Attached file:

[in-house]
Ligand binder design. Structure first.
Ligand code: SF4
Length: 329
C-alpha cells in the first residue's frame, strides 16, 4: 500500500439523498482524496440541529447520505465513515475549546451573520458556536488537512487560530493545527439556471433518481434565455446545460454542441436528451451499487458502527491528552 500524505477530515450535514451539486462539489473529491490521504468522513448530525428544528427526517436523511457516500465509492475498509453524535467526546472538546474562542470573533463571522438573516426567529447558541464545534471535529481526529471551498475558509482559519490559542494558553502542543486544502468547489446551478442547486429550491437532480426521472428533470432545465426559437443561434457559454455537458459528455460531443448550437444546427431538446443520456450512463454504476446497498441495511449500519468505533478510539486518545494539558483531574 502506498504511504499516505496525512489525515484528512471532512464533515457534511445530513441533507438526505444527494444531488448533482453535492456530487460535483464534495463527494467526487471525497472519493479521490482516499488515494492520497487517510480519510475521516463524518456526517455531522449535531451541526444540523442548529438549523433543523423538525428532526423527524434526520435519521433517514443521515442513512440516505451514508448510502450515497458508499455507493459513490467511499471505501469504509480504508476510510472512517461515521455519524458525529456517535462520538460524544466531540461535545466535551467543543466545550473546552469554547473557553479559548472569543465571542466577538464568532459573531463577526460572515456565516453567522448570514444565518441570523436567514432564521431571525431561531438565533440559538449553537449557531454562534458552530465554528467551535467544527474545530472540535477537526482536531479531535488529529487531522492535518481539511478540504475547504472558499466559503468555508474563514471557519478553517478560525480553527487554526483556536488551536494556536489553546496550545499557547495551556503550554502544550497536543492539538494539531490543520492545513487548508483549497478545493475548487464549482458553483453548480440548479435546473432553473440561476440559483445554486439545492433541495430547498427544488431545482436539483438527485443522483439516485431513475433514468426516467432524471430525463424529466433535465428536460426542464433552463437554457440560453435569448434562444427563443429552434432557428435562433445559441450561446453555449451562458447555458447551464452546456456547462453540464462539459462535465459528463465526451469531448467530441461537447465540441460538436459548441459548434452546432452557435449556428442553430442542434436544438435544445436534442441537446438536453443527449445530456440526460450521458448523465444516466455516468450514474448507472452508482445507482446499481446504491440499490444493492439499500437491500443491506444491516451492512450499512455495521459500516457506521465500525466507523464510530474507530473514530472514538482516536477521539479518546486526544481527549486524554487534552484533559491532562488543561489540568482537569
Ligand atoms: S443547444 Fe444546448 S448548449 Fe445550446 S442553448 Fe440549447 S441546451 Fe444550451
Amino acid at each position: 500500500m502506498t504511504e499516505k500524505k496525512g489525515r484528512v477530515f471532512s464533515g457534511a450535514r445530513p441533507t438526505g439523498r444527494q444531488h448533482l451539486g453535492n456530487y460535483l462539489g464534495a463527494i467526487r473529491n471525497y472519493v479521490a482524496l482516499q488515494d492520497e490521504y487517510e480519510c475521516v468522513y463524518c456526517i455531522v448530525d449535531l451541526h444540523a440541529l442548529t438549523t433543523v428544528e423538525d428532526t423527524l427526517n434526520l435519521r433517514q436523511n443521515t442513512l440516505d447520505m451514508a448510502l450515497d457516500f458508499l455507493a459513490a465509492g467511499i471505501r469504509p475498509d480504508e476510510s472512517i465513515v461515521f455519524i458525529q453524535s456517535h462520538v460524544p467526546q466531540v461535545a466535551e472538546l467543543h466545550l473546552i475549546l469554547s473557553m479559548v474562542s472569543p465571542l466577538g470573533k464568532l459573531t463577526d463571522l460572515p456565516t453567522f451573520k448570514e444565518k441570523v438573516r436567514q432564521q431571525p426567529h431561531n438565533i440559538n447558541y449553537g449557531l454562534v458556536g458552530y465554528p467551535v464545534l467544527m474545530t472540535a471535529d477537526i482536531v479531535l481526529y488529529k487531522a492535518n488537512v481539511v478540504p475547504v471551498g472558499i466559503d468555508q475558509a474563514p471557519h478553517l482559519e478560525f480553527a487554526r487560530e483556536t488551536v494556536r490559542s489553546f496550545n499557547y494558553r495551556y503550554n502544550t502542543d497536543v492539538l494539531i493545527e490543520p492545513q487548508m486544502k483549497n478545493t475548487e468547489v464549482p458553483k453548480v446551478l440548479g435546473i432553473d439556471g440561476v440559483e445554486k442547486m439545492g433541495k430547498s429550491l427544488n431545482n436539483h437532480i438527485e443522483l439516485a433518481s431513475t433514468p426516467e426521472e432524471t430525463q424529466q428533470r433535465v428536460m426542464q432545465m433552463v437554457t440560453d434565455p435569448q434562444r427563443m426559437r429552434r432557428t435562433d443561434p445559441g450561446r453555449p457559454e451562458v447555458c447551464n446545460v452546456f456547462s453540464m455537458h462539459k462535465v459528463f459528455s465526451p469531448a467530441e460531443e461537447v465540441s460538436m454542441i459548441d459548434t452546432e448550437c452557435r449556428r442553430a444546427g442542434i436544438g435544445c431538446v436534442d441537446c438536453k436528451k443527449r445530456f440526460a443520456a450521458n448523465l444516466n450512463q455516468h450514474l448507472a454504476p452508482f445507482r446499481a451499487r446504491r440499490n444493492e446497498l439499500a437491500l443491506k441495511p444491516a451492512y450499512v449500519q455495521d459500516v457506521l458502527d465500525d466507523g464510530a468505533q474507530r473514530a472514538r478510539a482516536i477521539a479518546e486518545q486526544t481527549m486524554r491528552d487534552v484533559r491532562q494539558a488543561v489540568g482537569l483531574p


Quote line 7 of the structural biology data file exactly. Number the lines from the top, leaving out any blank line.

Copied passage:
Amino acid at each position: 500500500m502506498t504511504e499516505k500524505k496525512g489525515r484528512v477530515f471532512s464533515g457534511a450535514r445530513p441533507t438526505g439523498r444527494q444531488h448533482l451539486g453535492n456530487y460535483l462539489g464534495a463527494i467526487r473529491n471525497y472519493v479521490a482524496l482516499q488515494d492520497e490521504y487517510e480519510c475521516v468522513y463524518c456526517i455531522v448530525d449535531l451541526h444540523a440541529l442548529t438549523t433543523v428544528e423538525d428532526t423527524l427526517n434526520l435519521r433517514q436523511n443521515t442513512l440516505d447520505m451514508a448510502l450515497d457516500f458508499l455507493a459513490a465509492g467511499i471505501r469504509p475498509d480504508e476510510s472512517i465513515v461515521f455519524i458525529q453524535s456517535h462520538v460524544p467526546q466531540v461535545a466535551e472538546l467543543h466545550l473546552i475549546l469554547s473557553m479559548v474562542s472569543p465571542l466577538g470573533k464568532l459573531t463577526d463571522l460572515p456565516t453567522f451573520k448570514e444565518k441570523v438573516r436567514q432564521q431571525p426567529h431561531n438565533i440559538n447558541y449553537g449557531l454562534v458556536g458552530y465554528p467551535v464545534l467544527m474545530t472540535a471535529d477537526i482536531v479531535l481526529y488529529k487531522a492535518n488537512v481539511v478540504p475547504v471551498g472558499i466559503d468555508q475558509a474563514p471557519h478553517l482559519e478560525f480553527a487554526r487560530e483556536t488551536v494556536r490559542s489553546f496550545n499557547y494558553r495551556y503550554n502544550t502542543d497536543v492539538l494539531i493545527e490543520p492545513q487548508m486544502k483549497n478545493t475548487e468547489v464549482p458553483k453548480v446551478l440548479g435546473i432553473d439556471g440561476v440559483e445554486k442547486m439545492g433541495k430547498s429550491l427544488n431545482n436539483h437532480i438527485e443522483l439516485a433518481s431513475t433514468p426516467e426521472e432524471t430525463q424529466q428533470r433535465v428536460m426542464q432545465m433552463v437554457t440560453d434565455p435569448q434562444r427563443m426559437r429552434r432557428t435562433d443561434p445559441g450561446r453555449p457559454e451562458v447555458c447551464n446545460v452546456f456547462s453540464m455537458h462539459k462535465v459528463f459528455s465526451p469531448a467530441e460531443e461537447v465540441s460538436m454542441i459548441d459548434t452546432e448550437c452557435r449556428r442553430a444546427g442542434i436544438g435544445c431538446v436534442d441537446c438536453k436528451k443527449r445530456f440526460a443520456a450521458n448523465l444516466n450512463q455516468h450514474l448507472a454504476p452508482f445507482r446499481a451499487r446504491r440499490n444493492e446497498l439499500a437491500l443491506k441495511p444491516a451492512y450499512v449500519q455495521d459500516v457506521l458502527d465500525d466507523g464510530a468505533q474507530r473514530a472514538r478510539a482516536i477521539a479518546e486518545q486526544t481527549m486524554r491528552d487534552v484533559r491532562q494539558a488543561v489540568g482537569l483531574p